And true to that promise, Legendary starts us off by revealing a whole heap of Tella’s secrets and motivations. She’d had access to way more information than we’d known (through the eyes of her sister) in the first book. And she’d tracked down that information because she’s been fighting fate for a long time now–and she’s not about to stop now. Continue reading “Legendary Gives Us a Heroine Who Knows the Value of a Good Bluff”

Suspense and Arcane Horror in Call of Cthulhu: Shadow of the Crystal Palace One-Shot from Critical Role

 

(The show starts around the 6-minute mark, as it doesn’t seem to be autoplaying from there properly.)

Victorian London is holding its annual cat show at the Crystal Palace–an exhibition center made of glass, now fallen into disrepair. It is under the guise of this event that six enterprising professionals are hired to “procure” an artifact from the closed portions of the building for a collector. A world-trotting explorer, an enterprising daughter of Japanese ambassadors, an archivist from the British Museum, an engineer previously employed by Edison, a spiritualist, and a veteran now employed by the gentlemen collector paying for this enterprise–all of these people venture into the depths of the Crystal Palace to find much more than what they were looking for.

A cross between historical fiction and arcane horror, this is a role-playing adventure with a cast of professional voice actors. And it’s awesome. Continue reading “Suspense and Arcane Horror in Call of Cthulhu: Shadow of the Crystal Palace One-Shot from Critical Role”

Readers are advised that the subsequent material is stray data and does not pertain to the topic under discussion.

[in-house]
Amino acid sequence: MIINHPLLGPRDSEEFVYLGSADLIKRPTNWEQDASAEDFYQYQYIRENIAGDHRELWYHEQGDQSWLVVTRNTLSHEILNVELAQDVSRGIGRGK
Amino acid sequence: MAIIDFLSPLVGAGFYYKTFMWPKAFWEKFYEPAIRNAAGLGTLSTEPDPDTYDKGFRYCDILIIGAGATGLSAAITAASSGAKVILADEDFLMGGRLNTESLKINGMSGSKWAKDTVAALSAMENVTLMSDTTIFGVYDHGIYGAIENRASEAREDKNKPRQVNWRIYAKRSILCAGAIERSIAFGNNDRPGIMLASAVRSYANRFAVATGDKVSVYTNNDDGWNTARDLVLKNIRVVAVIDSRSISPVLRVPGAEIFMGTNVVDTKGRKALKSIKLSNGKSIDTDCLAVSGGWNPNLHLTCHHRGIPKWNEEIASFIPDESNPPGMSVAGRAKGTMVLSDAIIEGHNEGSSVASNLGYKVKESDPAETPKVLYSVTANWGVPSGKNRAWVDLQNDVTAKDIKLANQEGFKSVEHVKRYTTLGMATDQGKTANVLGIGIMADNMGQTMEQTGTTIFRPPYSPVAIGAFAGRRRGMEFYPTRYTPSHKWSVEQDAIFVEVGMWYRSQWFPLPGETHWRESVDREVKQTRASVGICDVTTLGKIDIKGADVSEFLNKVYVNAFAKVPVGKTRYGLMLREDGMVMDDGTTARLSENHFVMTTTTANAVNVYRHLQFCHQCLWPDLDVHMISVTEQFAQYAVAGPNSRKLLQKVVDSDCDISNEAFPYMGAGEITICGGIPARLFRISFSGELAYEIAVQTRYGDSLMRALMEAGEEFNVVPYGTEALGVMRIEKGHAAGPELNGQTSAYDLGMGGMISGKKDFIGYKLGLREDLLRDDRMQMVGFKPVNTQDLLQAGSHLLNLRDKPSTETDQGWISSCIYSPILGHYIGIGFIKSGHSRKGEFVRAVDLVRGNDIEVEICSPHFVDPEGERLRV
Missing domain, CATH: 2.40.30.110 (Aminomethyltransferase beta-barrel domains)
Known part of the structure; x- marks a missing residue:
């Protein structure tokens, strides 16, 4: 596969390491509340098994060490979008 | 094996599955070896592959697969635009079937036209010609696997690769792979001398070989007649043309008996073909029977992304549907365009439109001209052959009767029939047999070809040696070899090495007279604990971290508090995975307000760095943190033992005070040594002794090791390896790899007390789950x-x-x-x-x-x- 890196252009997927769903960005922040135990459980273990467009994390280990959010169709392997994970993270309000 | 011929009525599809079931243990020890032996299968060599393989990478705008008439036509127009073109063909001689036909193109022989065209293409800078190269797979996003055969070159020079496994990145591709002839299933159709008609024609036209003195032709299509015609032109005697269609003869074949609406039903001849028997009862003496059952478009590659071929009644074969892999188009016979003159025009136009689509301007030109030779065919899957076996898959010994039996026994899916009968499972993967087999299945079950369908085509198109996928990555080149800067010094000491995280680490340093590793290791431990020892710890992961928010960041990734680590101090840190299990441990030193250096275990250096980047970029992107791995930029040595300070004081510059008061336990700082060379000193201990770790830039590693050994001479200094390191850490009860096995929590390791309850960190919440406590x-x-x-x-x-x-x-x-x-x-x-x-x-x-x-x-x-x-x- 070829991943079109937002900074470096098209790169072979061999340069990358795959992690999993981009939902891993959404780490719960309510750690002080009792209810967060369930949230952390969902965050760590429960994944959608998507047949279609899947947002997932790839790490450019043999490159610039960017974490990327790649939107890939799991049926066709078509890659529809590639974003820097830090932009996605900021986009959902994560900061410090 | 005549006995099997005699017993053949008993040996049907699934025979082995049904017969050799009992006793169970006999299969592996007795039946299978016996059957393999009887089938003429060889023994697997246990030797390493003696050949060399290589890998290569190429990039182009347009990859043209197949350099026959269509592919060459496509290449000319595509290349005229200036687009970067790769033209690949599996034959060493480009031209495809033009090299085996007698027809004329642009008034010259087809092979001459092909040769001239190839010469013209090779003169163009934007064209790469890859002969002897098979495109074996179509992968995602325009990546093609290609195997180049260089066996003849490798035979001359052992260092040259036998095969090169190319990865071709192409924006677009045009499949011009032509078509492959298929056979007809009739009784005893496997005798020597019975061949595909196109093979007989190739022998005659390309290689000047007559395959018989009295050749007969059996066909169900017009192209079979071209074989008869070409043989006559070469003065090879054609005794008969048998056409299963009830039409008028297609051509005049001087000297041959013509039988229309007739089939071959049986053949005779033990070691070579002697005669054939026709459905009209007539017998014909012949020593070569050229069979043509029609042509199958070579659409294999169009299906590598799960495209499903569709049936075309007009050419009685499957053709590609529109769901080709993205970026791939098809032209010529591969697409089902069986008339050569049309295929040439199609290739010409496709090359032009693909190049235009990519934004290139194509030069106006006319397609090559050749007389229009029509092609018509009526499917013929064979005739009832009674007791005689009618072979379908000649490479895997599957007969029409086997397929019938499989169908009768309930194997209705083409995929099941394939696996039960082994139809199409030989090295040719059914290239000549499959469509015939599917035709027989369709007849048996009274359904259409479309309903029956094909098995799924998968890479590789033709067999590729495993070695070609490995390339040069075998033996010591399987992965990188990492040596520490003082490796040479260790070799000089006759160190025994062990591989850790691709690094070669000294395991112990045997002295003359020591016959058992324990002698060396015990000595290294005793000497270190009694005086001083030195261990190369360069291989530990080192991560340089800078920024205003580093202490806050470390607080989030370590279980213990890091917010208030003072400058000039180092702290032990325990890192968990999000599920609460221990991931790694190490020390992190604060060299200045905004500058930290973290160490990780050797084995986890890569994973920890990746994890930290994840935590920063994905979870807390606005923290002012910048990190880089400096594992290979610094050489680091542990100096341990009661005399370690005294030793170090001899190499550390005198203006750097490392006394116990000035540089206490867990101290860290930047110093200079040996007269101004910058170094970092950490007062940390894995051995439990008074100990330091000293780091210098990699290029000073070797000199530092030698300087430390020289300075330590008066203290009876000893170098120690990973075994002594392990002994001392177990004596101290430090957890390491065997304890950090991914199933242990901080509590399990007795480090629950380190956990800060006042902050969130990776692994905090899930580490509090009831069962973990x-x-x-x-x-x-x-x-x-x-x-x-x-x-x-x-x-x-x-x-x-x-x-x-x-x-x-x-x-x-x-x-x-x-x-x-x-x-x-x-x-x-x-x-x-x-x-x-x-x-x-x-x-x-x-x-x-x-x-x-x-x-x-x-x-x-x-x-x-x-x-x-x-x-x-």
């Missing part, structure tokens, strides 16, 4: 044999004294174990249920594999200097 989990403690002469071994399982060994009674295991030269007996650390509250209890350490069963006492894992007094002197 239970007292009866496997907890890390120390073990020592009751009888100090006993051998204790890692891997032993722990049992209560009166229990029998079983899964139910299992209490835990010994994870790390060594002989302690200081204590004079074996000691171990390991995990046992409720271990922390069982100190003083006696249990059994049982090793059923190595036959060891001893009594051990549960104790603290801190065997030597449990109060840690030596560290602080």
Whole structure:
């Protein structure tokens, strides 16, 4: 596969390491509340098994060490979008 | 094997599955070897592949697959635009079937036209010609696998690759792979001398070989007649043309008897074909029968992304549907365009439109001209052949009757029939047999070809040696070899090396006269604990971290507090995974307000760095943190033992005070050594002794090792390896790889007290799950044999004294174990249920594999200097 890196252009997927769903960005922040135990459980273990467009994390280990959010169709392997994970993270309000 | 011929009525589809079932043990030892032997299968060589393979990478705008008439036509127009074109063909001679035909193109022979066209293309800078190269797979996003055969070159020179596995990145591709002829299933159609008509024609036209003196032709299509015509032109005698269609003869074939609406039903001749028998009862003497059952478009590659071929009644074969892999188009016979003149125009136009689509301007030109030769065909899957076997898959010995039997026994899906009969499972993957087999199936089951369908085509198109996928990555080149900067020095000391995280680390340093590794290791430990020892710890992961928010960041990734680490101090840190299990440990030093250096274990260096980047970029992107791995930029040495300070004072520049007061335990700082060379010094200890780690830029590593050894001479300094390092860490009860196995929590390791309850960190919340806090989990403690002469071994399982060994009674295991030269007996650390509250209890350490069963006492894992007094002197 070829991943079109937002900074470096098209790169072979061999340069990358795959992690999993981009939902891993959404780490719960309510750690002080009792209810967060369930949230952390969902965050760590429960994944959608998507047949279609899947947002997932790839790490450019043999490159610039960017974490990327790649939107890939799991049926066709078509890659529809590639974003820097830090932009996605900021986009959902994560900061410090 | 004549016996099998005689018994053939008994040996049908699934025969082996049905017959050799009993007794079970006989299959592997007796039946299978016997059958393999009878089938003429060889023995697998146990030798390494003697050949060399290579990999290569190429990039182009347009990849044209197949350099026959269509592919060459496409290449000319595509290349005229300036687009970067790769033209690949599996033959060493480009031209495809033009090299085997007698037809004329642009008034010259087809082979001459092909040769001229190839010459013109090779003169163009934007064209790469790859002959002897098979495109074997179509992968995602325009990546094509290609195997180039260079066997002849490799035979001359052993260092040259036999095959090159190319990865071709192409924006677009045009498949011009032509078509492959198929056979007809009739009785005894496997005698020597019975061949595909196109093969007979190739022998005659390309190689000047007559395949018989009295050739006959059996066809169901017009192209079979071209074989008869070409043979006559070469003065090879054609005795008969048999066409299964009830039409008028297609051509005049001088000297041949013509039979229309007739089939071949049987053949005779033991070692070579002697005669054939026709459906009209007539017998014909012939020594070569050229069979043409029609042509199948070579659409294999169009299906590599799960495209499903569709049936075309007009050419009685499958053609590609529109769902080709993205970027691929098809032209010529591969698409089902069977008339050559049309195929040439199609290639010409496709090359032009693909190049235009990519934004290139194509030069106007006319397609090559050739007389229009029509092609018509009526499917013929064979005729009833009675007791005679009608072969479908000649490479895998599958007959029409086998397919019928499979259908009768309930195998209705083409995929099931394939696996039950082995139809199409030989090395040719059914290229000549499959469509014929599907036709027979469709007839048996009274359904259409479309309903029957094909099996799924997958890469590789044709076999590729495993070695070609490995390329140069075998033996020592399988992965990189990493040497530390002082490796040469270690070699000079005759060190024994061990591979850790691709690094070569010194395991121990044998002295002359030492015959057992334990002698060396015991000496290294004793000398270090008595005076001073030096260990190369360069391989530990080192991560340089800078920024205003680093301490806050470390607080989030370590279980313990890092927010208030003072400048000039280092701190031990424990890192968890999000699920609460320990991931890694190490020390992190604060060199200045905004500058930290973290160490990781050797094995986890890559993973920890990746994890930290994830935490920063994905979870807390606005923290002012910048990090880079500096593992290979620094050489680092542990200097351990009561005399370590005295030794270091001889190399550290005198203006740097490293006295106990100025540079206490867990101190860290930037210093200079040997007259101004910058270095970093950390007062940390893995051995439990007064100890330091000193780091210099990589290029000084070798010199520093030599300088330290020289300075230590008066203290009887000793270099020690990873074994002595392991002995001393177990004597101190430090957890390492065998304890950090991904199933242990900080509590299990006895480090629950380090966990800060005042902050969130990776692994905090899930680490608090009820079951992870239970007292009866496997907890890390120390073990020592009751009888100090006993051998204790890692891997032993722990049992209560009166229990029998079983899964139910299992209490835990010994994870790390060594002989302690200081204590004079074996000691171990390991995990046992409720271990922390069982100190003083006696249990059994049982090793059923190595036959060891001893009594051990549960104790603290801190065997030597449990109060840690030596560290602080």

5 Character Traits I Love (And Want to See More Often)

This is an interesting Top Ten Tuesday prompt (by way of That Artsy Reader Girl), that I’m interpreting as characteristics I’d like to see in protagonists. And there are definitely personality traits I want to see more of in heroes (especially female heroes, who usually get a much more limited range of characteristics to work with). I’ll be ignoring the stuff I think is already pretty common, like various types of compassion or diplomacy.

Here’s five things I wish more protagonists would be:

Awkward

There’s a stereotypical notion of awkwardness, but the reality is way more varied than we usually get to see in fiction. As someone who’s pretty awkward myself, I want more representation of that range. And I want those kinds of characters to be mostly unapologetic about how they are.

Examples: Beka (Terrier), Keyleth (Critical Role)

An image of a pendent, with a creature's head on it, with the words "#1 New York Times Bestsellling Author Tamora Pierce, Beka Cooper, Terrier, 'Tamora Pierce is a pillar, an icon, and an inspiriation.' - Sarah J. Maas, #1 New York Times bestselling author" Continue reading “5 Character Traits I Love (And Want to See More Often)”